All this worked towards the game’s iconic scene when you finally step into the room to meet Polito and the story’s real villain is revealed:

You can see how this scene had a big impact on the career of Ken Levine, who wrote System Shock 2. He applied a similar twist to the end of BioShock’s story eight years later when the game revealed to its players that the phrase “Would You Kindly” was actually being used to control the mind of that game’s player character. “Would You Kindly” is now such an iconic turn of phrase in gaming that it’s become a meme in its own right.

I’ve always preferred the way that Levine applied the twist in his earlier work, however. In BioShock, the story takes a big twist close to the end of the game. This leaves the player with little to do other than work their way towards to final boss who just revealed his true nefarious intentions to you. In System Shock 2, SHODAN pulls back the curtain in the middle of the game to show the player both that they haven’t been working for the person they thought they were helping, and that they’re going to have to keep following an evil computer’s orders if they want to make it out of the Von Braun alive and in one piece.

You realise that you’ve been tricked. But the game doesn’t stop there. It makes you live with the consequences of being duped. And then it makes you keep playing the game the same exact way, even though you now know you’ve been duped. Before it ever gives you a clue for how to beat SHODAN, or at least escape the Von Braun, System Shock 2 makes you feel completely and utterly powerless. And that is frightening in a way few other games manage to be.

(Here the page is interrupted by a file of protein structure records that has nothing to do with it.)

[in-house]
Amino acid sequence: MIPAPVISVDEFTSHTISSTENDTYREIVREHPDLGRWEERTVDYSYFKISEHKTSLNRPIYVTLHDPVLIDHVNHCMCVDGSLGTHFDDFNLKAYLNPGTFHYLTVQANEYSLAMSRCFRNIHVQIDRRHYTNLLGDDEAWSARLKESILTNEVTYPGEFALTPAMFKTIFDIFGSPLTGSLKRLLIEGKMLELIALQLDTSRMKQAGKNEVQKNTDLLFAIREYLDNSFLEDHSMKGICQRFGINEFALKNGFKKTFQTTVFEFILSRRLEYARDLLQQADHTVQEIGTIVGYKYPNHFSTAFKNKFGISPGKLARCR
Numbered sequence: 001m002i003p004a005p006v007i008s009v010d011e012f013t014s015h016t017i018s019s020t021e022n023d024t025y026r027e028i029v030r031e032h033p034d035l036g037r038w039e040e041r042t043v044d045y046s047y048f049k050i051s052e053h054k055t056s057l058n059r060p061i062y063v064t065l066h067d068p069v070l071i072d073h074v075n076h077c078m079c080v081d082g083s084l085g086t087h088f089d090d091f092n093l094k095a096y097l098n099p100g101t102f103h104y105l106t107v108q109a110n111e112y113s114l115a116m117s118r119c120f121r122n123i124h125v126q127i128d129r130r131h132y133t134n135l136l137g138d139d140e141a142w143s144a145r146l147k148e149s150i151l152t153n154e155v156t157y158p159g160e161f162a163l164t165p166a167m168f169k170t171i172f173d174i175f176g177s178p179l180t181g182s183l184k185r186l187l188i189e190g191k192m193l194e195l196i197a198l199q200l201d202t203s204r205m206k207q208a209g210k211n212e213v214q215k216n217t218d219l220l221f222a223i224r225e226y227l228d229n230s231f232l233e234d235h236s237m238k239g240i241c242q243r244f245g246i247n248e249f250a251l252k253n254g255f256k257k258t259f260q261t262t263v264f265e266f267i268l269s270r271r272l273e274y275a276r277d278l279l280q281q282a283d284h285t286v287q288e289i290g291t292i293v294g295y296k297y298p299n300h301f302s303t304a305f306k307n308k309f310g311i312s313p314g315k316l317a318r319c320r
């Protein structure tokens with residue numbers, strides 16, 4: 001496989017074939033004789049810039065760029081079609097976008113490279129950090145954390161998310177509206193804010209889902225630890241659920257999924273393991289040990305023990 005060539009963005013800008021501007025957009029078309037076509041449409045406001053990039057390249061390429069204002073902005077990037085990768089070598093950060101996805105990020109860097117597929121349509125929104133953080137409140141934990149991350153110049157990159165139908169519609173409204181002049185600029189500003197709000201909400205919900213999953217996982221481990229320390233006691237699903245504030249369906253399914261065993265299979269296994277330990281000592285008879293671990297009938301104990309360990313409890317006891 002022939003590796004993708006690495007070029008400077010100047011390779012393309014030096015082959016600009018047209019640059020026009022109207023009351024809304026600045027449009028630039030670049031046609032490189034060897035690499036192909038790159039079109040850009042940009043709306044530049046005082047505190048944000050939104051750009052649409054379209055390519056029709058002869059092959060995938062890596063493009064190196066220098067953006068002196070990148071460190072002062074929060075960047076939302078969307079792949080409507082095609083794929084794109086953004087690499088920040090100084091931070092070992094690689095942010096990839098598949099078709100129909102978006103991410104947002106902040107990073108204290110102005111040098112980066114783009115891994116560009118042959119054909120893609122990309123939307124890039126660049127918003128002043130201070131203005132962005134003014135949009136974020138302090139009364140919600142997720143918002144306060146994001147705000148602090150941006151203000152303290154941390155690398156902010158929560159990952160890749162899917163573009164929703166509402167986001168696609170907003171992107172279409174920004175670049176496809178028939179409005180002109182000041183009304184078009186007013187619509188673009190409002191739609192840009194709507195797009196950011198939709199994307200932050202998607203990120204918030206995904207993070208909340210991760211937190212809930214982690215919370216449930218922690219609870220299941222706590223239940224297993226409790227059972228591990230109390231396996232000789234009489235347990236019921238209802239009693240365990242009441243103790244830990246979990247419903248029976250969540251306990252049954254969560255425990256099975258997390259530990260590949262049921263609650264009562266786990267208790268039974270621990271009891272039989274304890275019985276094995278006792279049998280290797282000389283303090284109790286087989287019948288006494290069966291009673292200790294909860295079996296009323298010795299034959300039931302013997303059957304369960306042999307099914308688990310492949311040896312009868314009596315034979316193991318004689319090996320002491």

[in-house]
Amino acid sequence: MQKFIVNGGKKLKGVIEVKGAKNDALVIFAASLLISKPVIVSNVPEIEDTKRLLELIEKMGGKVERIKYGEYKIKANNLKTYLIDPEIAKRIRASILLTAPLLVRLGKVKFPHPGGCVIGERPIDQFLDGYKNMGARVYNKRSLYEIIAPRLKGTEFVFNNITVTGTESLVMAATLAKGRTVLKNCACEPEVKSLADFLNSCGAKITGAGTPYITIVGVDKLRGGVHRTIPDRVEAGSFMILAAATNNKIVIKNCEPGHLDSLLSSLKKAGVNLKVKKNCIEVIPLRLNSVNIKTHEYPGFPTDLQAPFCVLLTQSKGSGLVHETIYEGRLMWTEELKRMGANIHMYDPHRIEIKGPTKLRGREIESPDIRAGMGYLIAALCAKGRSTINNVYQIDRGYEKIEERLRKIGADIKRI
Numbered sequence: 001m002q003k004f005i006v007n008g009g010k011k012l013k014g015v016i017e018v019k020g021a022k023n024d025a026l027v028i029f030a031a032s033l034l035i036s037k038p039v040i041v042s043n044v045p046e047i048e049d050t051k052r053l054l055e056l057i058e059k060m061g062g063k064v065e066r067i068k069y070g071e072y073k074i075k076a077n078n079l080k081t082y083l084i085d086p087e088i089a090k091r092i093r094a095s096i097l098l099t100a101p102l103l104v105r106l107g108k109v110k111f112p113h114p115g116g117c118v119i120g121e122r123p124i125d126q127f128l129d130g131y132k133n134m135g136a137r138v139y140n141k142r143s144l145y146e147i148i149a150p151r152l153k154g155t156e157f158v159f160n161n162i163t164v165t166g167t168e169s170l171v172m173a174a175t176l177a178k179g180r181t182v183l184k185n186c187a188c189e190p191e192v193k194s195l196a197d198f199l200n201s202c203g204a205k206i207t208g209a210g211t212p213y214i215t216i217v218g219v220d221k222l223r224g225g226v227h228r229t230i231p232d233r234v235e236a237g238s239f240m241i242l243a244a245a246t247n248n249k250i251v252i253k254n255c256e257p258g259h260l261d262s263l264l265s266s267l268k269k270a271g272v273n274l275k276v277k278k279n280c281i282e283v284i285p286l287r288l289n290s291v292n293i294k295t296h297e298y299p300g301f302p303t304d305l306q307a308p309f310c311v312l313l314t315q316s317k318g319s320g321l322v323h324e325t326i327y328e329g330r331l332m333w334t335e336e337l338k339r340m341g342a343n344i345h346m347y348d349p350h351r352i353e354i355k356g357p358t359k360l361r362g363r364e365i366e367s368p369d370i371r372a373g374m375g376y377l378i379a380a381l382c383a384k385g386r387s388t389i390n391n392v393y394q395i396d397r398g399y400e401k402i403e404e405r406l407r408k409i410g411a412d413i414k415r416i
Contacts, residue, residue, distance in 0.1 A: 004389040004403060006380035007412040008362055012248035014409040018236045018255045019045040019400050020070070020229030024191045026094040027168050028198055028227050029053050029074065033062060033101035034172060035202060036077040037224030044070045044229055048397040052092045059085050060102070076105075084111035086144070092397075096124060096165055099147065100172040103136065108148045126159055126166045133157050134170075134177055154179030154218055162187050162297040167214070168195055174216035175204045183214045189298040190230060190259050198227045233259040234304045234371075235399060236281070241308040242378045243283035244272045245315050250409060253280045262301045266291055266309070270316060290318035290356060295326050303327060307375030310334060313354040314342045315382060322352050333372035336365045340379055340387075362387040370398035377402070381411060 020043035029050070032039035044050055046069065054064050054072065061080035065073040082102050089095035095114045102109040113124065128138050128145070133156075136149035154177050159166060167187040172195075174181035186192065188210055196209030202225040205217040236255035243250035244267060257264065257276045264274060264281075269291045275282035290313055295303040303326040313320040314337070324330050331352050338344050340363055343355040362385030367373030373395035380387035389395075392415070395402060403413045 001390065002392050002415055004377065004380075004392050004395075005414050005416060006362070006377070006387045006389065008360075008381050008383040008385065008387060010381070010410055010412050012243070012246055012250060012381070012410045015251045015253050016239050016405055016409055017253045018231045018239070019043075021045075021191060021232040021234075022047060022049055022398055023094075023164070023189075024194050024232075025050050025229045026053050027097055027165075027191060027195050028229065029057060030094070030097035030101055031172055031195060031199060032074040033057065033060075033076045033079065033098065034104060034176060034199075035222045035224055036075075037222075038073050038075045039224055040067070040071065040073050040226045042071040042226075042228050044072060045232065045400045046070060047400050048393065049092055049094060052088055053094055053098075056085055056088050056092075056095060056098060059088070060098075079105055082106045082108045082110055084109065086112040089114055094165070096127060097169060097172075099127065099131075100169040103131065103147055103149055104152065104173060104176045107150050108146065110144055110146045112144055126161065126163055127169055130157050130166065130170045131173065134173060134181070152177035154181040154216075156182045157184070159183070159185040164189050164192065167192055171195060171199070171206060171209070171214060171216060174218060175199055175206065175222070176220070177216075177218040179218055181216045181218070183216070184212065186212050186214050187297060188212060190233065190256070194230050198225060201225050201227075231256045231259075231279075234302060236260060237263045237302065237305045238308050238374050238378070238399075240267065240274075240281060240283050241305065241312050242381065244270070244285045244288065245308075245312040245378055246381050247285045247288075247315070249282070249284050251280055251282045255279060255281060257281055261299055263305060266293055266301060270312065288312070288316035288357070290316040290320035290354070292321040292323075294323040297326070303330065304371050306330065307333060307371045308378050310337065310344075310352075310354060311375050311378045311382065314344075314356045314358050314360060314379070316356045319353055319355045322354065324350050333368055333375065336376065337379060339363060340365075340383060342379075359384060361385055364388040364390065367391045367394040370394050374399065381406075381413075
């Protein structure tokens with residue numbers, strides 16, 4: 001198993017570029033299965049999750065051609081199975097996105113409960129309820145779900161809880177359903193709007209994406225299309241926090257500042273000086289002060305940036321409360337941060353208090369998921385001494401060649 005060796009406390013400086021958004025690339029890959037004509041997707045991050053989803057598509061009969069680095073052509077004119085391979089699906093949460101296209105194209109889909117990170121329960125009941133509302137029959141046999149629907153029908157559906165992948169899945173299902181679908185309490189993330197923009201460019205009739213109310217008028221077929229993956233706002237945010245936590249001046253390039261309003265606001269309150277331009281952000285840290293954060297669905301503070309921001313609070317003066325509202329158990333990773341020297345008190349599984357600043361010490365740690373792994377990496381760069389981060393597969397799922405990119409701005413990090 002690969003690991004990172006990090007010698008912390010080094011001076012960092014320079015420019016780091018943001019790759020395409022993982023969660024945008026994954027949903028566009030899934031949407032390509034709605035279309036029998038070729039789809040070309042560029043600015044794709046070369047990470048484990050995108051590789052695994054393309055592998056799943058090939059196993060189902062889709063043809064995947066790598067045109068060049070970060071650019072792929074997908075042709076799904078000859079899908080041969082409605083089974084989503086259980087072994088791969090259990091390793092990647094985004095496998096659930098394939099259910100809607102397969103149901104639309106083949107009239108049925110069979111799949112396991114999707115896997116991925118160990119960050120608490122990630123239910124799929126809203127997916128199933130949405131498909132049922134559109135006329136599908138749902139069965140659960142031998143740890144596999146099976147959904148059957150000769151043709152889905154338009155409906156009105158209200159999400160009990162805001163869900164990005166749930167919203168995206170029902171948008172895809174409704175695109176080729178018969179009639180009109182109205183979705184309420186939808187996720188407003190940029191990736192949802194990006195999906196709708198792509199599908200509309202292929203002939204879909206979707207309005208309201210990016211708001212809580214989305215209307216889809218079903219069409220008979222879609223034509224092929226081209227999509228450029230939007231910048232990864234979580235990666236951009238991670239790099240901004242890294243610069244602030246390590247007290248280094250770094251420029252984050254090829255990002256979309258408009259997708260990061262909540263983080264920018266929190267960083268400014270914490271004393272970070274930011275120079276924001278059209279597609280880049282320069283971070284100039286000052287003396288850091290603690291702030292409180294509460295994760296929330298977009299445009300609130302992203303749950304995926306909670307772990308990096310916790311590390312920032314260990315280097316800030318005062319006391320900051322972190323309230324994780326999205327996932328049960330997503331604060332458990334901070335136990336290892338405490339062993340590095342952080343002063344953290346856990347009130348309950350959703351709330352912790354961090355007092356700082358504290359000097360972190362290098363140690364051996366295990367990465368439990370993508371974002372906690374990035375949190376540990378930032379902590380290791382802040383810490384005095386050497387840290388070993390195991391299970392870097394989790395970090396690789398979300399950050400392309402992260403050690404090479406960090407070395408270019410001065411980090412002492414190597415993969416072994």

Irrational Games closed down earlier this year after it released BioShock Infinite. And Ken Levine has moved onto other projects now that he’s left BioShock behind. The possibility of another true System Shock game looks less and less likely. It is it surprising, then, that fans are still trying to recreate System Shock 2’s greatest scene anew?

Happy birthday, System Shock 2. Thank you for all the sleepless nights.


  • Still easily my favourite game of all time.
    Played this to completion so many times… Ah the memories.

  • System shock 2, to this day still the most amazing game ever. might have something to do with the fact that it was the first survival horror / fps / rpg / that sort of game that i ever played. lol.

  • We played this game co-op on a LAN for ages on the hardest difficulty.. In my top 10 games.